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Selling a Recycled Paper and Cardboard Business

Planning and execution can dramatically influence the price you receive for your recycled paper and cardboard business.

Business buyers are a timid lot, even more so now that they are facing an uncertain economic landscape.

Yet everyday, hundreds of listed recycled paper and cardboard businesses manage to pique the interest of qualified buyers. They do it by paying attention to the details that other business sellers overlook.

Turning the Tables: Buyer Concessions

Sellers aren't the only ones who can make concessions in a business sale. In many instances, sellers can request buyer concessions. Although this scenario frequently plays out around seller financed deals, it's possible to push for a higher sales price or other form of compensation if you agree to mentor the buyer for a specified period of time. You can also choose to exclude certain items like equipment or inventory from the deal if the buyer isn't willing to meet your price expectations. By selling excluded assets on the secondary market, you can compensate for an anemic sale price.

Signs You're in Over Your Head

Many recycled paper and cardboard business are tempted to save brokerage fees by selling their businesses on their own. Although there are exceptions, solo sales typically take longer and are less productive than brokered sales. As a rule, no business should sit on the market for more than six months without attracting the interest of at least a handful of qualified buyers. Likewise, if buyers seem to express interest but quickly exit when you quote the asking price, it's a sign that your recycled paper and cardboard business is priced out of the market. The remedy is professional brokerage or a consultation with more experienced sellers.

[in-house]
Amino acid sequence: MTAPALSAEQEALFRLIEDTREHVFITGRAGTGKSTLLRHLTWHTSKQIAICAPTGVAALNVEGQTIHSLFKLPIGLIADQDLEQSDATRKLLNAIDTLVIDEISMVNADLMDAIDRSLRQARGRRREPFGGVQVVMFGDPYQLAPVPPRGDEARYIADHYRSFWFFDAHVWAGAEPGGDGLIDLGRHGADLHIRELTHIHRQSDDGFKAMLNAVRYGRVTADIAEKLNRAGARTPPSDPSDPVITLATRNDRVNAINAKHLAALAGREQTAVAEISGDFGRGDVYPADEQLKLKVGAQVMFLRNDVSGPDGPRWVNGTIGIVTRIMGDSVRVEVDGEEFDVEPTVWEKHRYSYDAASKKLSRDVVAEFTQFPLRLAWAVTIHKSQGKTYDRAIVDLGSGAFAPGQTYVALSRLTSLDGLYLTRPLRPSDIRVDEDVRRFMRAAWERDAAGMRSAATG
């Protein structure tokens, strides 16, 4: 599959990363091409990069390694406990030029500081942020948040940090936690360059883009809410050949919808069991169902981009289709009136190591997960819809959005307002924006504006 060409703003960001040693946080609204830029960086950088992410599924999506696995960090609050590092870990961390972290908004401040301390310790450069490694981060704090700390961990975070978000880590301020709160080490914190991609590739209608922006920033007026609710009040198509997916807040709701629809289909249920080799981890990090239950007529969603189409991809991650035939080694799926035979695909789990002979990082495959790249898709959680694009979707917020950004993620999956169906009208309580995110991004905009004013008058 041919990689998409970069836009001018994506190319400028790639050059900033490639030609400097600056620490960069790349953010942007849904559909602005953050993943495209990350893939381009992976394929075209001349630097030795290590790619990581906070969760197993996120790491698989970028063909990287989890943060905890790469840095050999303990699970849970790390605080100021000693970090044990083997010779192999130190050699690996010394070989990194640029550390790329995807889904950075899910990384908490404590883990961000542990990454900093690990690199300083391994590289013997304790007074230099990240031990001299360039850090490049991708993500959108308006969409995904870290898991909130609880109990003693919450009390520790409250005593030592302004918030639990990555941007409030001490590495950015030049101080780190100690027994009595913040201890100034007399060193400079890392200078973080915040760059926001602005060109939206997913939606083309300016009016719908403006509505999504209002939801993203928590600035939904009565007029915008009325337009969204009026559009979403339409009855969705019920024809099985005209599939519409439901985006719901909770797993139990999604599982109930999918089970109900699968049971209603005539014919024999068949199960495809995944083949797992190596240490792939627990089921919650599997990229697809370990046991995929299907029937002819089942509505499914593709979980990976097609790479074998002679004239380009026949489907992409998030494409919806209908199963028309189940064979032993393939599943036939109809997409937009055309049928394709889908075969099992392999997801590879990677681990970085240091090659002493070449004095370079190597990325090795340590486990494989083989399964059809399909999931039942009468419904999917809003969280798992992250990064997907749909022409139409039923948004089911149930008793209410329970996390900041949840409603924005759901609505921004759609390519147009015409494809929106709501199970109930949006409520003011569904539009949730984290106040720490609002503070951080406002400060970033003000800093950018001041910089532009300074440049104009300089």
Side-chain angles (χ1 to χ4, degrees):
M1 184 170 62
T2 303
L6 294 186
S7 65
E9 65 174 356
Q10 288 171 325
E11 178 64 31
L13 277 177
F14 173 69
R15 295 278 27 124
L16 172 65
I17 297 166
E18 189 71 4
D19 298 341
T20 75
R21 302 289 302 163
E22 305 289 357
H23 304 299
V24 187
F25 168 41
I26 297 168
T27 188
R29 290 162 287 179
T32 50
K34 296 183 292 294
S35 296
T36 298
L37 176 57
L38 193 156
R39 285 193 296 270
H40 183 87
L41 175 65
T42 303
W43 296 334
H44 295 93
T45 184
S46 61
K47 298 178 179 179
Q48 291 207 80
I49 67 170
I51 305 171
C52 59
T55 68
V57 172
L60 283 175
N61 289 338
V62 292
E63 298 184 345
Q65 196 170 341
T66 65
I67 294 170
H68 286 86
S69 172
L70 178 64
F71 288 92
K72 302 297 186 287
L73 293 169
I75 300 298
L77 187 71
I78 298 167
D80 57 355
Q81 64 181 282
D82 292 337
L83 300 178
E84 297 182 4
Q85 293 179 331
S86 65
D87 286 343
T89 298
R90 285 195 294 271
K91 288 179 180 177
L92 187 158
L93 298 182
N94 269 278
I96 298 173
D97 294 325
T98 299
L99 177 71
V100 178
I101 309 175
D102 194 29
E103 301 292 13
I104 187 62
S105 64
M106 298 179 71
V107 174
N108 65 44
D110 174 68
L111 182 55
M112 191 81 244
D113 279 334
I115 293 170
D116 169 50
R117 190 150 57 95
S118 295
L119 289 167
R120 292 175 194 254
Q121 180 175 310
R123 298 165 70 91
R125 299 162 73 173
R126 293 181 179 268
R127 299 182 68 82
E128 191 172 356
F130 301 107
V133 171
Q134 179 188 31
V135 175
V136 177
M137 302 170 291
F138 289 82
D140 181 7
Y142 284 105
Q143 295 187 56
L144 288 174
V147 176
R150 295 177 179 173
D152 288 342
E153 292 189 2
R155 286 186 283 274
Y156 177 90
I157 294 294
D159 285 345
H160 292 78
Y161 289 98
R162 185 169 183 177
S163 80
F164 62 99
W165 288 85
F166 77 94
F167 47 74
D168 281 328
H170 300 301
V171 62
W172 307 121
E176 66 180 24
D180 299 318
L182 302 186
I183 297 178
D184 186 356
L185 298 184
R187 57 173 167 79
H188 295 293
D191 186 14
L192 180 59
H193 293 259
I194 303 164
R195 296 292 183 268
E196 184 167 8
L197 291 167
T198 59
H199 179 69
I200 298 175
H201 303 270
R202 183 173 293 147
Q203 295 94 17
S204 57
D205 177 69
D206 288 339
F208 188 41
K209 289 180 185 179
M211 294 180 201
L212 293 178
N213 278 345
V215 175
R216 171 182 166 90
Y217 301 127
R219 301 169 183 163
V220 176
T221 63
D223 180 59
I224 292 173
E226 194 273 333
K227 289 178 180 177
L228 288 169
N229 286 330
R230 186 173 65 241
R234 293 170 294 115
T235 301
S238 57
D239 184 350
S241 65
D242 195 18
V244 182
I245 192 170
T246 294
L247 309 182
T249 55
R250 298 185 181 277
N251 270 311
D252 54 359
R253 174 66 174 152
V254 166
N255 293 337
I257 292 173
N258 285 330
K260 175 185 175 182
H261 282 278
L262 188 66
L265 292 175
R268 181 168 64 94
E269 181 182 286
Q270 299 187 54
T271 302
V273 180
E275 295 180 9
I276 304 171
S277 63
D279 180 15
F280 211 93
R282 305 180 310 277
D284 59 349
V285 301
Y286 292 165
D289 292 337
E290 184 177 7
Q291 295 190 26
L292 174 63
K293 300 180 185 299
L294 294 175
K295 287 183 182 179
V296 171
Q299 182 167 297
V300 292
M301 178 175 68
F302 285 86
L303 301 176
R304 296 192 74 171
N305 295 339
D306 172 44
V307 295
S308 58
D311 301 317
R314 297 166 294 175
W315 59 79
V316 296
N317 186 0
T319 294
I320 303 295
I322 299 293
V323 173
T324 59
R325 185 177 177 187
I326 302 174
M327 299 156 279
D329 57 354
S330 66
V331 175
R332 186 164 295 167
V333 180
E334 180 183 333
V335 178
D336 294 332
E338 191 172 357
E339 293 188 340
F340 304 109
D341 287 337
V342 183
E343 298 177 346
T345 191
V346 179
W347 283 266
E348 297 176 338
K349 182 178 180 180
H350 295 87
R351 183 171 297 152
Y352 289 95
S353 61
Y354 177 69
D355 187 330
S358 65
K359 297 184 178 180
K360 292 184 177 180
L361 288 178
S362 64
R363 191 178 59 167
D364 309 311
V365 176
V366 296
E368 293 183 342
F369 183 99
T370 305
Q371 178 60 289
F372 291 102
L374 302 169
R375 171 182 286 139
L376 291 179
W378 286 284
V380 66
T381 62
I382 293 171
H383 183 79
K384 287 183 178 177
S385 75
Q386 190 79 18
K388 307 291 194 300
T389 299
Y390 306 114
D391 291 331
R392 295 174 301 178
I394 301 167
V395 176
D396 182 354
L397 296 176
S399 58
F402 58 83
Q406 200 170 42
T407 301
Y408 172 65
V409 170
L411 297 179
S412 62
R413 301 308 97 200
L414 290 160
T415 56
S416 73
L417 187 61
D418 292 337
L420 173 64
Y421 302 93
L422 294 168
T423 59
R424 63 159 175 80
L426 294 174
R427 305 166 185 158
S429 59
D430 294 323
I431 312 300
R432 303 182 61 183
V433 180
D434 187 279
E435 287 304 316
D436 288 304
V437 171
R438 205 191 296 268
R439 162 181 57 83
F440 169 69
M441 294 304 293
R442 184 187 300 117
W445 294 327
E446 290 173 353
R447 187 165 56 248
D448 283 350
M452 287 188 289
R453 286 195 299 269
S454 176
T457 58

Factoring In Economic Variables

Several economic factors can affect the sale of a recycled paper and cardboard business. Interest rates, spending, inflation, and other variables directly influence how long your recycled paper and cardboard business will be on the market as well as its sales price. The truth is that perfect market conditions may never materialize. A much better approach is to focus on the factors that always attract buyers and investors. One thing is for sure - buyers are paying more attention to your company's profitability and growth potential than they are to the latest quarterly economic indicators.

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